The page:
A couple of weeks ago the Bytemark Managing Director, Matthew Bloch, contacted the Ubuntu MATE team to offer free hosting for the project. As of August 18th 2016 all the Ubuntu MATE infrastucture is hosted on Bytemark Cloud Servers.
We are underwhelmed to announce, quite possibly, our most uninteresting beta release E-V-E-R! ;-) This beta release is all about the plumbing that transitions Ubuntu MATE to GTK 3.20. It really isn’t very interesting from an end-users perspective.
At GUADEC 2016 in Karlsruhe, Germany, Daniel "grindhold" Brendle presented his work developing a new library and widget set that will allow GTK+ applications to implement flowgraphs in a standard manner. The widget set would enable applications to provide interactive widgets for linking filters and other block-oriented components—a type of interface many applications currently need to reinvent on their own.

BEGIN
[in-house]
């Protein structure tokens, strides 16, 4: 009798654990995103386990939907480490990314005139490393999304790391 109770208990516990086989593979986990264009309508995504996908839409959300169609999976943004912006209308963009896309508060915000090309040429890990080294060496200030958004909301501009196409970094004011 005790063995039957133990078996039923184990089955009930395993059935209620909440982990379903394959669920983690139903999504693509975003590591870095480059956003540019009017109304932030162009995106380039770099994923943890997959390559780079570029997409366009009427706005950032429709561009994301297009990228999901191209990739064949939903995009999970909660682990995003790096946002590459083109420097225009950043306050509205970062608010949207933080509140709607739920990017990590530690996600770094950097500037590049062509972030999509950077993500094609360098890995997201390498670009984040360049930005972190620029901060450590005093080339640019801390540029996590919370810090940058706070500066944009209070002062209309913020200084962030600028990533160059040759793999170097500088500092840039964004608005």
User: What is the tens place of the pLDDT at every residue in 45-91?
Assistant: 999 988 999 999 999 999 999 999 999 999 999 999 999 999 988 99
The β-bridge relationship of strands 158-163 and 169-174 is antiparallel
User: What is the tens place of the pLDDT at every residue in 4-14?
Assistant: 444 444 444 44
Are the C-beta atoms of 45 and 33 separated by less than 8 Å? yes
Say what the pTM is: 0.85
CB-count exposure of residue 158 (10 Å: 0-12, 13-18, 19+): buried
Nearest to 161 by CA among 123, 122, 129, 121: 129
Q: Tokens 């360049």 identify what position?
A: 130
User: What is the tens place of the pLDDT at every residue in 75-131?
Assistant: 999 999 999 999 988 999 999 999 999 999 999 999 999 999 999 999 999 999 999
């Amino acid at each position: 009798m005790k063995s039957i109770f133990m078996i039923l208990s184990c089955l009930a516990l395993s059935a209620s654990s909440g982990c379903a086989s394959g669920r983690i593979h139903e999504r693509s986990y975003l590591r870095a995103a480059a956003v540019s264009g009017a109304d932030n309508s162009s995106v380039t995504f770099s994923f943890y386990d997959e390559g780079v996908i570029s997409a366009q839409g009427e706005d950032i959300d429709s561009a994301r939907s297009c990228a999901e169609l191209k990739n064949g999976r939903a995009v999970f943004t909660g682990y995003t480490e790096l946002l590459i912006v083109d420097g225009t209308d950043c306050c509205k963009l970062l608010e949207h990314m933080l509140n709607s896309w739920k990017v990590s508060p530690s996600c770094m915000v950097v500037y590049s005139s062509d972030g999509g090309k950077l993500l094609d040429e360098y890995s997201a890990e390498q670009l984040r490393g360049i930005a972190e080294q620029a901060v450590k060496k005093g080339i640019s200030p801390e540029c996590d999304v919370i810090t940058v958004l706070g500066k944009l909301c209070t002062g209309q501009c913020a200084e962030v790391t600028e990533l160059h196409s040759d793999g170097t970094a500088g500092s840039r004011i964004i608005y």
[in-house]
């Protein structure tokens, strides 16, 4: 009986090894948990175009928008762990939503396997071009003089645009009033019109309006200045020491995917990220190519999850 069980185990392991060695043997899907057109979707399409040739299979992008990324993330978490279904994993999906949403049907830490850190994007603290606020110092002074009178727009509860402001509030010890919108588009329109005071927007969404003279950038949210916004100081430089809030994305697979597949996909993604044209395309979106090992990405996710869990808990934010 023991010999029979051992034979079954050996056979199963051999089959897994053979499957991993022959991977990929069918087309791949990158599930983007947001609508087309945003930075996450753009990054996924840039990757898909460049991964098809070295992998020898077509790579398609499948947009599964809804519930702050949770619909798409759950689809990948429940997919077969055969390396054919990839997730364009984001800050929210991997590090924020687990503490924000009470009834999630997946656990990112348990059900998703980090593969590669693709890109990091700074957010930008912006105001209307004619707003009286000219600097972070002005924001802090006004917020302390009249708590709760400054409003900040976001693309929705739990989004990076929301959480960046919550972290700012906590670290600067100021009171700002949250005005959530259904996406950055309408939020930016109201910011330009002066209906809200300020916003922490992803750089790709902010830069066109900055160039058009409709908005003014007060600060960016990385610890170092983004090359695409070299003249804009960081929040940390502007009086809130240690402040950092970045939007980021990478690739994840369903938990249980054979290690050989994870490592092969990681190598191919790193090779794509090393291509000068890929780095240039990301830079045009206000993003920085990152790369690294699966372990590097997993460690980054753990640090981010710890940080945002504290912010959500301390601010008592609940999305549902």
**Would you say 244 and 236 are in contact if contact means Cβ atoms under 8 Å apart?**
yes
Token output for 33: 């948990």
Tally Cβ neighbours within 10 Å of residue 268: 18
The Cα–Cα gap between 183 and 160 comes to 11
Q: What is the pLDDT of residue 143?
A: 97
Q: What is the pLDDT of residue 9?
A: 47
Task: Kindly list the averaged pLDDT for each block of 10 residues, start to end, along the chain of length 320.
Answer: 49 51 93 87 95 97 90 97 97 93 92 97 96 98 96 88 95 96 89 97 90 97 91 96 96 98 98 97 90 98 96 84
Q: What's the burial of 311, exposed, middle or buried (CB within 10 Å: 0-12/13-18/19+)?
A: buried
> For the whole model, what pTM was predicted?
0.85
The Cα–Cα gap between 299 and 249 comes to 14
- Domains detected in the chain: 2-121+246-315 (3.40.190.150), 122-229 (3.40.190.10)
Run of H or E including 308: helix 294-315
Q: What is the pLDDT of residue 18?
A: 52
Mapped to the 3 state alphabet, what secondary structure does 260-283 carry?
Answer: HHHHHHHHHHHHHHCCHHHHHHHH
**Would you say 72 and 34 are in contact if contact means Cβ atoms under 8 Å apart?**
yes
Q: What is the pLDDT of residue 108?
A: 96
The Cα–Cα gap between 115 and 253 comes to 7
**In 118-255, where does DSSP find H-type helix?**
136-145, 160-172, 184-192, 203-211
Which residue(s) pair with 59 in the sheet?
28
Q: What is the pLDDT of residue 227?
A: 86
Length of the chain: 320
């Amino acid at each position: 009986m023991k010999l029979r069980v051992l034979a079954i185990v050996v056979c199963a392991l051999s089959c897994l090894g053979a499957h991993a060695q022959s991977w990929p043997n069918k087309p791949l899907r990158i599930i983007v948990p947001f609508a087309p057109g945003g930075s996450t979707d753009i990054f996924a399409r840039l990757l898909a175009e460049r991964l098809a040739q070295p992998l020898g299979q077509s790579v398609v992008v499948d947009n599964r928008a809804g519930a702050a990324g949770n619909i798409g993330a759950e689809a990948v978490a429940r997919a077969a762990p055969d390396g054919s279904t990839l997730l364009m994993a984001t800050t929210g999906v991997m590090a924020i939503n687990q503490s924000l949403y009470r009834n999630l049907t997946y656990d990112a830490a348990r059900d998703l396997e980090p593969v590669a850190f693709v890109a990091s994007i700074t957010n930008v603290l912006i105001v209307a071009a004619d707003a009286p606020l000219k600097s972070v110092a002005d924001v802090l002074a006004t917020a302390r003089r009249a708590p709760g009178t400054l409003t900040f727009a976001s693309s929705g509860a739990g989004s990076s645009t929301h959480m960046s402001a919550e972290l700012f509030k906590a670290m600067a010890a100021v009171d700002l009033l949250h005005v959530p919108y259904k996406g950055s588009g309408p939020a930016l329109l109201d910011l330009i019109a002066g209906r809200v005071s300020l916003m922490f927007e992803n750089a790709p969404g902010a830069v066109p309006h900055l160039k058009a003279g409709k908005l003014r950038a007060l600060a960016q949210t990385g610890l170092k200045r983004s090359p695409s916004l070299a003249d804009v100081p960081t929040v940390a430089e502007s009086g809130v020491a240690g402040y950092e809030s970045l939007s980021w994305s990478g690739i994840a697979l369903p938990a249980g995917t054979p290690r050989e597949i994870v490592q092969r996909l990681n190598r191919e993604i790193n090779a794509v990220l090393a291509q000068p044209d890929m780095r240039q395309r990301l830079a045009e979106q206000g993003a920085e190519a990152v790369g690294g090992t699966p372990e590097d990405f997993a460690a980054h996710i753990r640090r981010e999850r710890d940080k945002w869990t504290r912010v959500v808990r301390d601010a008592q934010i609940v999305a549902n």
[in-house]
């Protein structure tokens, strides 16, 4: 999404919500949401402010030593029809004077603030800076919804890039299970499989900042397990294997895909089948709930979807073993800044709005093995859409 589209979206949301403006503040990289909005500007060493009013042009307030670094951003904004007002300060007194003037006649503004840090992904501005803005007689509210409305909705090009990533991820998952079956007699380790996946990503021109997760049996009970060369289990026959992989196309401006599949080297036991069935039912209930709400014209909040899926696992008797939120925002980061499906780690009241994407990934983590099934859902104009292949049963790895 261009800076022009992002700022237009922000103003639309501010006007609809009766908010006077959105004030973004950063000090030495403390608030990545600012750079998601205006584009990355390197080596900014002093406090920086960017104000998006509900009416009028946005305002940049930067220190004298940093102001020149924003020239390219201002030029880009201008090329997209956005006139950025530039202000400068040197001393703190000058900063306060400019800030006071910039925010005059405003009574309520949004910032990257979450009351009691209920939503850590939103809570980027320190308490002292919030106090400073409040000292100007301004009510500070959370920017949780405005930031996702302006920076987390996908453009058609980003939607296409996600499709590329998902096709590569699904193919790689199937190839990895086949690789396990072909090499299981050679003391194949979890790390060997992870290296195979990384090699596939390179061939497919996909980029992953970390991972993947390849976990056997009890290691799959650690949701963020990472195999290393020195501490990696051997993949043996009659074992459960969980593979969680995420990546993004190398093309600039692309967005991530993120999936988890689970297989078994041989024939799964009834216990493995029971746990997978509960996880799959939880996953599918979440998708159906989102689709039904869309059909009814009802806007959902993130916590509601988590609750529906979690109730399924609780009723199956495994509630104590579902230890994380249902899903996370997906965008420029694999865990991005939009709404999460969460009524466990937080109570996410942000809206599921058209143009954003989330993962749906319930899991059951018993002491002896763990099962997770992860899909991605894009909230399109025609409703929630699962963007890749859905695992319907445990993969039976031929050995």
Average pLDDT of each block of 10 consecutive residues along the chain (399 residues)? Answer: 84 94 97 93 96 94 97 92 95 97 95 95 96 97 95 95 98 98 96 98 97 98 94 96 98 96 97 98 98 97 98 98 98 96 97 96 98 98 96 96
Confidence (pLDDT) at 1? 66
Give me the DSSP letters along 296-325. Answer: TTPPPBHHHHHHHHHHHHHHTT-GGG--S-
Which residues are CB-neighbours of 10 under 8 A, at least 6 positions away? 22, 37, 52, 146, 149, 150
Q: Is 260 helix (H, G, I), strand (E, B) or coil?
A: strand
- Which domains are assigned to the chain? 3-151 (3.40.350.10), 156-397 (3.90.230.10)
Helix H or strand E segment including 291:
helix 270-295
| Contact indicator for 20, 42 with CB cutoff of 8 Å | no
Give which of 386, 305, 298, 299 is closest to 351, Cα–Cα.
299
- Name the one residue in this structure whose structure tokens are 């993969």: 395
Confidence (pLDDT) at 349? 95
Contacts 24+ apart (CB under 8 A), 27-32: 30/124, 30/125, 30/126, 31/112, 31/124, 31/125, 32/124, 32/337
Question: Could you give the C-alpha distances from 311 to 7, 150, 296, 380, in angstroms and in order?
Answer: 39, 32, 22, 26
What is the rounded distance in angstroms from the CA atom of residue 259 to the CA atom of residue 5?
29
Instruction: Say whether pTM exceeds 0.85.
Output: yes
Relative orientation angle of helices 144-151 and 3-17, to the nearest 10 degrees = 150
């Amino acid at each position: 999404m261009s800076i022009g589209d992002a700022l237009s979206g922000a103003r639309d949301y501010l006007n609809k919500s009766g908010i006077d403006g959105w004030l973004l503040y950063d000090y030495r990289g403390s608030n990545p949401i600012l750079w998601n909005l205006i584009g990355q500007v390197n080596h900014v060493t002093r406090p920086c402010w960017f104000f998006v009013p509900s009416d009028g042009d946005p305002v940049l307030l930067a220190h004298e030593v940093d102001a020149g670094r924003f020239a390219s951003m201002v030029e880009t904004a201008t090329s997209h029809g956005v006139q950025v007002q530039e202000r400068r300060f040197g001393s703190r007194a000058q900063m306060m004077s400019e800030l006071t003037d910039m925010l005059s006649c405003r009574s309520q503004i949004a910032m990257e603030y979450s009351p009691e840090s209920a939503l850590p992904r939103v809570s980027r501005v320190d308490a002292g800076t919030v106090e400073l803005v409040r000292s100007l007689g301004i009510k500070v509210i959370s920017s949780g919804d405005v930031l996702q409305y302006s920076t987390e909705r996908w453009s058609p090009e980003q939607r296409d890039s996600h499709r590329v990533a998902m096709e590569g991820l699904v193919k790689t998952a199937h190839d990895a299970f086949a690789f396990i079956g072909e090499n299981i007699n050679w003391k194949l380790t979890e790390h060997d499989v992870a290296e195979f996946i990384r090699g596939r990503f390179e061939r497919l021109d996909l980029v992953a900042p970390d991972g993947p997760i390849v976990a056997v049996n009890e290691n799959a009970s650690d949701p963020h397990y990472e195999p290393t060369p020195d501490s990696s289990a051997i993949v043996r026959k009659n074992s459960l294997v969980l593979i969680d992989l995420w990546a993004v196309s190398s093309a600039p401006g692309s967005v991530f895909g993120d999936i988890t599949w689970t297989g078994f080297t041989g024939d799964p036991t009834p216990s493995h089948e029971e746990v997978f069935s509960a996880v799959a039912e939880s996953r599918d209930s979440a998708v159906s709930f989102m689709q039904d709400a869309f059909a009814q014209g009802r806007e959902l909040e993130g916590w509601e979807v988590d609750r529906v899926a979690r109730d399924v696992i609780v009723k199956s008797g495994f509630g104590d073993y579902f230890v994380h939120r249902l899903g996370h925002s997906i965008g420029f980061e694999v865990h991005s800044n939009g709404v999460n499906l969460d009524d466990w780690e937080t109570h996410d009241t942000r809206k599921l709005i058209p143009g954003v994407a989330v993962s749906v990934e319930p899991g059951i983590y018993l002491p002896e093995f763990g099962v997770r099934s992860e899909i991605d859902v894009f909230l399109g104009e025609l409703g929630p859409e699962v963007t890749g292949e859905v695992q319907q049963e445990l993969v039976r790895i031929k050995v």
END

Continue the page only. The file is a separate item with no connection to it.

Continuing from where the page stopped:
Flowgraphs, Brendle explained, are a general-purpose diagramming technique that many people will recognize from textbooks and other printed matter. They show how objects, information, and signals flow through some sort of process. Biology textbooks use them to illustrate circulation in the body, technical manuals use them to show how a manufacturing process runs, and so on. In software, he said, they are most familiar as the node-and-pipe diagrams that illustrate signal processing or data filtering.
At GUADEC 2016 in Karlsruhe, Germany, Bastien Ilsø and Carlos Soriano reported on the revamped Newcomers section of the GNOME web site. The section is intended to draw in new users and developers and help them find their way around the project as well as to help them get the necessary development environment set up to begin contributing code.